By C. Todd
Lopez, Army News Service
D.C. ó The Army
plans to phase out its reliance on stop-loss by January, leaders say.
of Defense Robert M. Gates announced a phased plan to begin cutting
off stop-loss later this year. During a discussion with members of the
press, Lt. Gen. Michael Rochelle, deputy chief of staff for Personnel,
G-1, discussed the Armyís plan to implement the phased reduction in
use of the program that involuntarily extends Soldiers beyond the end
of their enlistment or retirement dates in units deploying to combat
"Limiting stop-loss balances our need for unit
effectiveness with the impact on individual Soldiers and their
Gen. Michael Rochelle,
Deputy Chief of Staff for Personnel, G-1
has been a vital tool that has allowed the Army to sustain cohesive
operational forces that train and serve together through their
deployments," Rochelle said.
general said the presidentís recent announcement of a troop drawdown
in Iraq, a gradual restoration of balance between deployments, and an
increase in the size of the Army have given the service the
opportunity to reduce stop-loss.
said the number of Soldiers affected by stop-loss will be reduced, in
a phased approach, across all components of the Army. The Army Reserve
will begin mobilizing units without stop-loss in August, he said. For
the National Guard, that will happen in September. For the active-duty
Army, the change will happen in January.
is great news for the Army Family," Rochelle said. "Limiting
stop-loss balances our need for unit effectiveness with the impact on
individual Soldiers and their families."
also said the Army will implement a special congressionally approved
payment for Soldiers currently affected by stop-loss. Soldiers who are
under stop-loss this month will begin receiving a $500 per month
payment on top of their regular pay for the months they serve on
stop-loss. That payment will begin with their March pay, which
Soldiers will see in their April 1 check.
congressional approval also allows the Army to retroactively pay
Soldiers as far back as Oct. 1, 2008 for time served under stop-loss.
Most Soldiers that qualify to receive the retroactive payments will
receive that money in May or June as a lump-sum payment, Rochelle
the $500 per month payments for stop-loss time served in a combat
tax-exclusion zone will not be taxed, said Col. Larry Lock, Army
director of compensation and entitlements.
funds Congress appropriated for stop-loss pay are only for Fiscal Year
2009, which runs Oct. 1, 2008 through Sept. 30, 2009. Future funding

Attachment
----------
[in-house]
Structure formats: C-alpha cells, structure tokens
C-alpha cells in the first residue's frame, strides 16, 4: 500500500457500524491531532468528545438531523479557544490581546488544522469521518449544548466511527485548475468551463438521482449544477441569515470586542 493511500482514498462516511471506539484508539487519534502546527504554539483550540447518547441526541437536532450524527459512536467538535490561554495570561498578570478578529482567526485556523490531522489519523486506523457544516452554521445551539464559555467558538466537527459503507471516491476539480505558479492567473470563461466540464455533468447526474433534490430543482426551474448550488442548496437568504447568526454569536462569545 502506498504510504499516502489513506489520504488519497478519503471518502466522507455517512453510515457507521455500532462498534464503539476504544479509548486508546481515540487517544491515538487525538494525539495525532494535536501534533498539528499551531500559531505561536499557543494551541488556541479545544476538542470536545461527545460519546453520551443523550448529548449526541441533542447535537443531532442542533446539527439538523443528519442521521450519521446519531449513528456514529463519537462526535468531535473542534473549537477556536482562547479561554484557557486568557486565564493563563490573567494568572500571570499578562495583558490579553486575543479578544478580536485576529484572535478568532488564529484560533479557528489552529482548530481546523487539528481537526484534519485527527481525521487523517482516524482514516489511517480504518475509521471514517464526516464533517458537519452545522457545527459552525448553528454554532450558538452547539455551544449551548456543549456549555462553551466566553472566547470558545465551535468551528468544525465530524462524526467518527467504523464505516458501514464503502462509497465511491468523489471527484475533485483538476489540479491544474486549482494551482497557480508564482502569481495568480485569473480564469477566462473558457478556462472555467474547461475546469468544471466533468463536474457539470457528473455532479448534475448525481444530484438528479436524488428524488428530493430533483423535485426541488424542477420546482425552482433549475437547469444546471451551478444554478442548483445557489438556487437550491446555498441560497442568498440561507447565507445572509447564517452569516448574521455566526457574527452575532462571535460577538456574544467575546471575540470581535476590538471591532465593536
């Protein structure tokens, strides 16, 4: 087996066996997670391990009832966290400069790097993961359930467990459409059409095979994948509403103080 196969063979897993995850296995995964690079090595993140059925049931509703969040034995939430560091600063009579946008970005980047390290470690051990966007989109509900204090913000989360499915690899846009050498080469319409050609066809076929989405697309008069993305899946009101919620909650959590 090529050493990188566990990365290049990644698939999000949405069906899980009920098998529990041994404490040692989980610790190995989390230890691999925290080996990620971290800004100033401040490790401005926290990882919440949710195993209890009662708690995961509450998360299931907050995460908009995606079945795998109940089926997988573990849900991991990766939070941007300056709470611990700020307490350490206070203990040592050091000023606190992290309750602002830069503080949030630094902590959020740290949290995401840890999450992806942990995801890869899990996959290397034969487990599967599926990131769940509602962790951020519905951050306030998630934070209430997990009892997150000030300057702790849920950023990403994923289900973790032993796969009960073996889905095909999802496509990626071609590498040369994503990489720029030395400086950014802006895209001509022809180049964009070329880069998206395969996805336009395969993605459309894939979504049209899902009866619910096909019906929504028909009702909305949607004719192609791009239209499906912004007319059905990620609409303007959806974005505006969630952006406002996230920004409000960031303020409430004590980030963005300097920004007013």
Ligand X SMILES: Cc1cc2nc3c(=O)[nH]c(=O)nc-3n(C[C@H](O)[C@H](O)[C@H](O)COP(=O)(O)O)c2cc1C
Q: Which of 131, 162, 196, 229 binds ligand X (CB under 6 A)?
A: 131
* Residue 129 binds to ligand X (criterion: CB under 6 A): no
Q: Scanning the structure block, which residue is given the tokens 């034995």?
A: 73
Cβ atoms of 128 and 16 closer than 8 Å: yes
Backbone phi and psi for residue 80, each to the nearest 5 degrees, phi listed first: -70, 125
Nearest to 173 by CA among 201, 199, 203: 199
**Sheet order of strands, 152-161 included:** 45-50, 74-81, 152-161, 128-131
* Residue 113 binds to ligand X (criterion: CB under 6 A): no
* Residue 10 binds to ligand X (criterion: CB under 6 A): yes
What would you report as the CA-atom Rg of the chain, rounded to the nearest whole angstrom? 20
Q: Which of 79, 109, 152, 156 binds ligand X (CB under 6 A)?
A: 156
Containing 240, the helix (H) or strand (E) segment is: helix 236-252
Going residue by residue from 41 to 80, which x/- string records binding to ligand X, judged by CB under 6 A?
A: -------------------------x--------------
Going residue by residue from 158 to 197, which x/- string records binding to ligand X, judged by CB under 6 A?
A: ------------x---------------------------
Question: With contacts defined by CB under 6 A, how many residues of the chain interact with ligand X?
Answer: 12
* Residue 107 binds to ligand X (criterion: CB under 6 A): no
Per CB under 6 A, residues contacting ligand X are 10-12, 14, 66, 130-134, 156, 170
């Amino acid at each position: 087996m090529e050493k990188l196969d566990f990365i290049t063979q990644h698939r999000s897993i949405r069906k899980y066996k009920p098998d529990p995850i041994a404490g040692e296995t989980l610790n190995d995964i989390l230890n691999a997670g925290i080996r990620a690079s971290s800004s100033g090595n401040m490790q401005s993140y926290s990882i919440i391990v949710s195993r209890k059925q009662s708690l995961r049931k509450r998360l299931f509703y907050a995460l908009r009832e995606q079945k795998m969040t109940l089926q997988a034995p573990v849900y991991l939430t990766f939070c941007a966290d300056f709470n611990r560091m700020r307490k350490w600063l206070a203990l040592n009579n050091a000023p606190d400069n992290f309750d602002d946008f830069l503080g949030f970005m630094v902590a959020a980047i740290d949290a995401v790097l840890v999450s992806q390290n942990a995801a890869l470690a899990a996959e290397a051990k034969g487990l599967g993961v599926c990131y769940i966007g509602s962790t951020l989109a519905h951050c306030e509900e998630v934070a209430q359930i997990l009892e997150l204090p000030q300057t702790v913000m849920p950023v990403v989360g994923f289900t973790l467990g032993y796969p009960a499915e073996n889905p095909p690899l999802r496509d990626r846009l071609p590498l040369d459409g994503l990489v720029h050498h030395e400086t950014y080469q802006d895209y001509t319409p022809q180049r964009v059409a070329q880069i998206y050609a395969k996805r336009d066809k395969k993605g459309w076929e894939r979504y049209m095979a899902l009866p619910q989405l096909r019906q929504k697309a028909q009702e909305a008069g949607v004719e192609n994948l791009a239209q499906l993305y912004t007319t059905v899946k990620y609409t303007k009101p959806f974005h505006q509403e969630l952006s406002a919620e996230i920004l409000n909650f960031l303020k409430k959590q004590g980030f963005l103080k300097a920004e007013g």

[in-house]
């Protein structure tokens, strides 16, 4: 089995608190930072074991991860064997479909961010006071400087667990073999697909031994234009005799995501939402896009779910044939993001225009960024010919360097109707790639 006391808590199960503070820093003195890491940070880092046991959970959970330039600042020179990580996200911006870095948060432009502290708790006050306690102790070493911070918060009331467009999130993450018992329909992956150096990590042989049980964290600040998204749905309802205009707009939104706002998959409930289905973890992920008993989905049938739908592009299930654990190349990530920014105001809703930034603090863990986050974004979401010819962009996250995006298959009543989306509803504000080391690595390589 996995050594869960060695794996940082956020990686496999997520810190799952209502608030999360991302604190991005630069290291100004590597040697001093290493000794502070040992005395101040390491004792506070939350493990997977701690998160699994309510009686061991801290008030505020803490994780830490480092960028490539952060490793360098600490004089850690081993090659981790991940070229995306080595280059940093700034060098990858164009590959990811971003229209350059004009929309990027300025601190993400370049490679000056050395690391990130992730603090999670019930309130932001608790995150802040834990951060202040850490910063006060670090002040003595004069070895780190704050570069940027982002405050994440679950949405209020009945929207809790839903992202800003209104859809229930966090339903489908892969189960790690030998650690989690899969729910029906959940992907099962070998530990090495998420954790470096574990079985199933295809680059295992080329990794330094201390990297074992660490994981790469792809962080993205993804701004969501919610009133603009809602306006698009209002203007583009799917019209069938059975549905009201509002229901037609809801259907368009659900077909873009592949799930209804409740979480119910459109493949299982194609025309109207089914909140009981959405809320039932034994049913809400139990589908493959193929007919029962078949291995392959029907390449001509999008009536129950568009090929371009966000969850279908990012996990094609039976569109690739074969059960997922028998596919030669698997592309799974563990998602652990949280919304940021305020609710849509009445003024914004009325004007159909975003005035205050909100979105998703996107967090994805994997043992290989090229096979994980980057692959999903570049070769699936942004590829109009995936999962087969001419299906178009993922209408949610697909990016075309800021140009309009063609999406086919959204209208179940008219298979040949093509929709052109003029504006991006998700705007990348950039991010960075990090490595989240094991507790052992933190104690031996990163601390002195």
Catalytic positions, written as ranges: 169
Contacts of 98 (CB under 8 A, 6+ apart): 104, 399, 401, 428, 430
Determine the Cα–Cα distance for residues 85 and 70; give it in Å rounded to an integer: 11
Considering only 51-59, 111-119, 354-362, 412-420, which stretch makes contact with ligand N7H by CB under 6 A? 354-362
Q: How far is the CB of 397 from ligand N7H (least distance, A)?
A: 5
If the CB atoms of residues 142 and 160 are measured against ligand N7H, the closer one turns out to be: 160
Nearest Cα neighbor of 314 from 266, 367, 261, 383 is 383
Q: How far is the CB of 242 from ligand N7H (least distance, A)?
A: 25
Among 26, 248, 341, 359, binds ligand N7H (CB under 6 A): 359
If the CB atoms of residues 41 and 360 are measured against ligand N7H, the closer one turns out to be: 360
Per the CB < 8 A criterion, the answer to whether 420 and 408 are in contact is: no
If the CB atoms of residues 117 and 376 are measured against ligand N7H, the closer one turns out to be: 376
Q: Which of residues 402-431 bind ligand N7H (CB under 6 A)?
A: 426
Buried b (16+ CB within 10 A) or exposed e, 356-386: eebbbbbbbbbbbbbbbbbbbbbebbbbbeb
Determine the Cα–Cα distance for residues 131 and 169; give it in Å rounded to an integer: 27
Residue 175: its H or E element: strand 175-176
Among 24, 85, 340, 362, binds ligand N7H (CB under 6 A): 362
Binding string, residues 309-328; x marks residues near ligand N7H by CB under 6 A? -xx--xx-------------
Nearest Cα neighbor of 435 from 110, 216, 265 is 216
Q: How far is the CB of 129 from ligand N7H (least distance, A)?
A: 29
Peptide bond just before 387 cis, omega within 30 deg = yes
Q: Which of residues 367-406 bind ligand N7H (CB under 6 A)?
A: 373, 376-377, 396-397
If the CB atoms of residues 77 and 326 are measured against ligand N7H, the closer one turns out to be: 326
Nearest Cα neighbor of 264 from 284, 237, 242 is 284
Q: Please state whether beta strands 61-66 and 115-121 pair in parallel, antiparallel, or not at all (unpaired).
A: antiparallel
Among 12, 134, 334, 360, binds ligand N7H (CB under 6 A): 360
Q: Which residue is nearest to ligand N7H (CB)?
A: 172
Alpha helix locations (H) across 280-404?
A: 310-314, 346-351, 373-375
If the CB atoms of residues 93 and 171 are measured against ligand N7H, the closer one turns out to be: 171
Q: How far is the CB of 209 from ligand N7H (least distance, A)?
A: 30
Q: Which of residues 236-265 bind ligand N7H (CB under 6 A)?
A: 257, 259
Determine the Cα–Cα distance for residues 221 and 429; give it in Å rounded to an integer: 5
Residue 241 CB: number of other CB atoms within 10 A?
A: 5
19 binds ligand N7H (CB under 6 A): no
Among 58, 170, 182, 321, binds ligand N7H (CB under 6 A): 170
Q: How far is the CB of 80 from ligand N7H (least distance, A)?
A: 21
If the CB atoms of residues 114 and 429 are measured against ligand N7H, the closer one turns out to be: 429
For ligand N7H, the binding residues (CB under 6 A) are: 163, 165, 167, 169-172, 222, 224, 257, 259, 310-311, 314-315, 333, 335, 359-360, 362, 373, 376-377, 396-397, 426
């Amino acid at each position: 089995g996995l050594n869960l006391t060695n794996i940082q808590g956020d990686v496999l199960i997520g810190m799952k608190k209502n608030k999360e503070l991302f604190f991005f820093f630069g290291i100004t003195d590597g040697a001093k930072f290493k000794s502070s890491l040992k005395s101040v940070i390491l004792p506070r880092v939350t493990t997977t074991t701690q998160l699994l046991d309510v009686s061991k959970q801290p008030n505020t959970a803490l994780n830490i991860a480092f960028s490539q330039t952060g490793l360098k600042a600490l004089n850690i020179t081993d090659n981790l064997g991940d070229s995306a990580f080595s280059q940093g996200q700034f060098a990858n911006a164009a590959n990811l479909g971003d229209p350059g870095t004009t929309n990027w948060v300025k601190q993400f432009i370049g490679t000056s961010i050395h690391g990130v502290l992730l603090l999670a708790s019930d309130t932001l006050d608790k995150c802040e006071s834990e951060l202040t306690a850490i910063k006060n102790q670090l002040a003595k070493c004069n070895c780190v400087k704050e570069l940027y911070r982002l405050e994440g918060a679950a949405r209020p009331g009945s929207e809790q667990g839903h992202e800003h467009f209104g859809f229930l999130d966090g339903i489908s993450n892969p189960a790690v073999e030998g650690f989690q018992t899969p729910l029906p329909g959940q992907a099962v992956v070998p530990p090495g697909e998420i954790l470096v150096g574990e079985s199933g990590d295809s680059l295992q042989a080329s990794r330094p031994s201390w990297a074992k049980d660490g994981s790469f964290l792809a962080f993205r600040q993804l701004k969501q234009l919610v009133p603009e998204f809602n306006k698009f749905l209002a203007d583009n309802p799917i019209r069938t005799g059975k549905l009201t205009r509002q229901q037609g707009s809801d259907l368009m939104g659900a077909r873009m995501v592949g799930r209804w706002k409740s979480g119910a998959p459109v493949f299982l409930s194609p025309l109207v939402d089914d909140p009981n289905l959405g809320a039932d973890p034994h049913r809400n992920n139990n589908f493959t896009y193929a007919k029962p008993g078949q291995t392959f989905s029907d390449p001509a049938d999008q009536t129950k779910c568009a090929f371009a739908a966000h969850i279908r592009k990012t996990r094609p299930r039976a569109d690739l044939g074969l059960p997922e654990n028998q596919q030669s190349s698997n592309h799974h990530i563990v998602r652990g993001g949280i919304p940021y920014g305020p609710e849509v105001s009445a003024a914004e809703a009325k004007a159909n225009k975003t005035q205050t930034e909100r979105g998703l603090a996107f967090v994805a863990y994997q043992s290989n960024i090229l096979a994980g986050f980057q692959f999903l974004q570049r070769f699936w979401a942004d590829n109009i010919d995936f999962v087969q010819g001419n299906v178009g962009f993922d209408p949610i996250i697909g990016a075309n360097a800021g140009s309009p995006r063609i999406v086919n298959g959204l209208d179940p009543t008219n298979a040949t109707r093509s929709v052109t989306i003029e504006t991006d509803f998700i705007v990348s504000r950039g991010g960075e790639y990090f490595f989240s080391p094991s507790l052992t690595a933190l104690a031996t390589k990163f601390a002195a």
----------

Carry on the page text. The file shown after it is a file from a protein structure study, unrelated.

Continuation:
is being discussed.
pointed out that there is risk associated in eliminating the use of
stop-loss, such as an unexpected demand for forces beyond what the
Army anticipates. But he said such things as the projected reduction
of forces in Iraq will mitigate that risk.
not diminish the significance of the reduction in demand, anticipated
as a result of the drawdown in Iraq. The anticipated reduction in
demand, recently announced by President Obama, is a major
factor," Rochelle said. He added that were demand not so high for
Army forces around the world, the Army would eliminate stop-loss
additional factor in the Armyís ability to pare down its use of
stop-loss is that the service was able to meet its resize objectives
ahead of schedule.
Army has now achieved its end strength growth to its (547,400) end
strength, three years ahead of schedule," Rochelle said. "We
were on track and projected to achieve that growth through 2012 ó we
are there now."
he said, is the Armyís enterprise-wide approach to match up
accessions, individual training and leader development training with
the Armyís Force Generation. Rochelle said the Army will create a
policy to offer incentives to Soldiers to encourage them to extend
their enlistment beyond their date of separation in order to allow
them to stay with their unit for the duration of a deployment.
incentives would most likely be financial, said Maj. Gen. Gina
Farrisee, director of personnel management.
think it would be safe to say they will be monetary incentives, but
the policy has not been written yet as to what the incentives will
be," she said. "We would offer incentives for people to
extend through the deployment. We currently do not offer extensions.
You may re-enlist, and re-enlist only. We would now offer incentives
to extend through the deployment and we hope that that would help to
continue to fill the unit as needed."
are currently around 13,000 Soldiers affected by stop-loss within all
three components of the Army.
to Army officials, the active component has some 7,307 affected; the
National Guard has 4,458 affected Soldiers; and in the Army Reserve,
1,452 Soldiers are affected. Stop-loss is spelled out in Title 10,
United States Code, Section 12305(a).
law allowing the military services to implement stop-loss has not
changed, and the Army may again use the policy in the future if
extraordinary needs require it.